The church reopened from 24 June on Wednesdays only (post coronavirus)
The Parish Church of All Saints Slingsby lies on the western side of the village. The present church was built in the late 1860s in the image of its predecessor on the site, which had to be demolished. It is therefore mainly 15th century in style with Victorian modifications.
Along with neighbouring parishes, Slingsby’s Anglican church belongs to the Benefice of the Street Parishes, which is part of the Diocese of York.
All Saints Church has published two new updated guides to the church building arising from recent research by Dr Dav Smith from the University of York. Local History Group members and Slingsby School were also involved with the preparation of these. The two colourful guides give the history of the church and point out the key features. The adult guide costs £2.50 and the children’s guide 75p. Both are available from the church.
In 2018 a major project gained Heritage Lottery Fund support. It has installed CCTV, is replacing roofing material and aims to create a new Local History Resource Centre and exhibition area in the church. More details here.
ALL SAINTS CHURCH ACTIVITIES – SUMMER 2019
As part of our National Lottery (Heritage Fund) for roof repairs, we ran a series of activities over the course of the Summer. A list of these is provided here. We’ll use the village website to publicise future events.
Thursday 13th June Caring for God’s Acre 11 am and 3.30 pm
A day spent identifying and recording flora and fauna in the churchyard.
Moth Trapping evenings
Continuing our focus on the churchyard we have been given funding to purchase a moth trap and organised some drop-in moth trapping sessions over the course of the Summer. The moth trap will then become a resource for the school to use over the coming years as part of its wider curriculum activity.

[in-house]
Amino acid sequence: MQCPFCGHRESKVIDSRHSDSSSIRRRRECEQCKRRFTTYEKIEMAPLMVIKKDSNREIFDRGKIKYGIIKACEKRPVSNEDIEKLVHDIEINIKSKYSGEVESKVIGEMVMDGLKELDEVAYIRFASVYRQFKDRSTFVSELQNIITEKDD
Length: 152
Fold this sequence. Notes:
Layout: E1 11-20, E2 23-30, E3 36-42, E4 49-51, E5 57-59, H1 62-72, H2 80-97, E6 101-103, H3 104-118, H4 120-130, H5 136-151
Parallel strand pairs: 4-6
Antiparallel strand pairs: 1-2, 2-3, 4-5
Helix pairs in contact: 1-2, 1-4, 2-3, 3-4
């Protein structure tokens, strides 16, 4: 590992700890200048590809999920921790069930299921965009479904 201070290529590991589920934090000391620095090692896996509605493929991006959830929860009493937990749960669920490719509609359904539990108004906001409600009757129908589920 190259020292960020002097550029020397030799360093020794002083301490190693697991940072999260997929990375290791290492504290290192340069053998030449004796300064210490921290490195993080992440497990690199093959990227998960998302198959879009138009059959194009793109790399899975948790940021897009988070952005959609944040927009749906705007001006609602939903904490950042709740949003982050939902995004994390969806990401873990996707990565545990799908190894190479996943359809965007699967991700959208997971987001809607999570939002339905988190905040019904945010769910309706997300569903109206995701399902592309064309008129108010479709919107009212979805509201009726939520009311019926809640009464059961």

Discovering England’s Burial Grounds (DEBS) survey
As well as identifying the feathery and furry occupants of the churchyard we looked more closely at the churchyard’s human occupants, or rather their gravestones. Working in conjunction with the DEBS project and Professor Harold Mytum, whose entertaining talk on gravestones to the Local History Group in September sparked a lot of interest, we explored new ways of photographing and documenting our gravestones to discover what they tell us about family history and patterns of commemoration from the 18th and 19th centuries.
Hard Hat Tours and Craft Talks
At some point during the course of works on the roof, we hope to provide an opportunity to climb the Tower, see the clock chamber, see the roof repairs and chat to the craftsmen working to ensure the future safety of the church. The Tower stair is very narrow and winding and good mobility are essential as you’ll need to step across the bell ropes in the clock chamber.
Visits further afield: Newcastle, Bolsover and Hardwick